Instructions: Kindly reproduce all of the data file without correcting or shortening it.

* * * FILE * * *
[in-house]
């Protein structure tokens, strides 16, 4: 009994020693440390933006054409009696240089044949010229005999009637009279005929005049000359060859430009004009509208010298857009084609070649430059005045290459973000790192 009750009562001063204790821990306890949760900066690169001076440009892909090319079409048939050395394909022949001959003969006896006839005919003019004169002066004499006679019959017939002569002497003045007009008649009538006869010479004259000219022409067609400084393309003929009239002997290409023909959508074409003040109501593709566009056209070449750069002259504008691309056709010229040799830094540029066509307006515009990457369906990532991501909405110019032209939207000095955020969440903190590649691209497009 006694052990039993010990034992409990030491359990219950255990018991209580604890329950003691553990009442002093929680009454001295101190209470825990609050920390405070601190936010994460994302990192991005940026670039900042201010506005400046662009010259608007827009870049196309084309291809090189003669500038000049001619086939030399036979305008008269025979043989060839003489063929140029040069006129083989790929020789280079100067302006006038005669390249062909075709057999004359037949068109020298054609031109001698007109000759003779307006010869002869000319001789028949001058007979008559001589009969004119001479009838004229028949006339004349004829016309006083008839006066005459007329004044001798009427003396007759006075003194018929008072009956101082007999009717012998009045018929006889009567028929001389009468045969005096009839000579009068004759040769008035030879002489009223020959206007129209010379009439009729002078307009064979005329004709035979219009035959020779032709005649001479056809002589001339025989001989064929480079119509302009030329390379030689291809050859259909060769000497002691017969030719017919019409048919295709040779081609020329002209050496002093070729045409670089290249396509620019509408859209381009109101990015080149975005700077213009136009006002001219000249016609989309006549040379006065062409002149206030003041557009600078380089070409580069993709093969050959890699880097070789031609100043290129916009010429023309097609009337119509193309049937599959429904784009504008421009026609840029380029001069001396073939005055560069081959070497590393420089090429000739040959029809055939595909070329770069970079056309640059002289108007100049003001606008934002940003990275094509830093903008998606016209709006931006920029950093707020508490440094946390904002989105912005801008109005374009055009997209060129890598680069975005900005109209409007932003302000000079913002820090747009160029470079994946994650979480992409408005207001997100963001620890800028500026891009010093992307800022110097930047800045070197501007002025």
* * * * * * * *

[in-house]
């Protein structure tokens, strides 16, 4: 009994020693440390933006054409009696240089044949010229005999009637009279005929005049000359060859430009004009509208010298857009084609070649430059005045290459973000790192 009750009562001063204790821990306890949760900066690169001076440009892909090319079409048939050395394909022949001959003969006896006839005919003019004169002066004499006679019959017939002569002497003045007009008649009538006869010479004259000219022409067609400084393309003929009239002997290409023909959508074409003040109501593709566009056209070449750069002259504008691309056709010229040799830094540029066509307006515009990457369906990532991501909405110019032209939207000095955020969440903190590649691209497009 006694052990039993010990034992409990030491359990219950255990018991209580604890329950003691553990009442002093929680009454001295101190209470825990609050920390405070601190936010994460994302990192991005940026670039900042201010506005400046662009010259608007827009870049196309084309291809090189003669500038000049001619086939030399036979305008008269025979043989060839003489063929140029040069006129083989790929020789280079100067302006006038005669390249062909075709057999004359037949068109020298054609031109001698007109000759003779307006010869002869000319001789028949001058007979008559001589009969004119001479009838004229028949006339004349004829016309006083008839006066005459007329004044001798009427003396007759006075003194018929008072009956101082007999009717012998009045018929006889009567028929001389009468045969005096009839000579009068004759040769008035030879002489009223020959206007129209010379009439009729002078307009064979005329004709035979219009035959020779032709005649001479056809002589001339025989001989064929480079119509302009030329390379030689291809050859259909060769000497002691017969030719017919019409048919295709040779081609020329002209050496002093070729045409670089290249396509620019509408859209381009109101990015080149975005700077213009136009006002001219000249016609989309006549040379006065062409002149206030003041557009600078380089070409580069993709093969050959890699880097070789031609100043290129916009010429023309097609009337119509193309049937599959429904784009504008421009026609840029380029001069001396073939005055560069081959070497590393420089090429000739040959029809055939595909070329770069970079056309640059002289108007100049003001606008934002940003990275094509830093903008998606016209709006931006920029950093707020508490440094946390904002989105912005801008109005374009055009997209060129890598680069975005900005109209409007932003302000000079913002820090747009160029470079994946994650979480992409408005207001997100963001620890800028500026891009010093992307800022110097930047800045070197501007002025």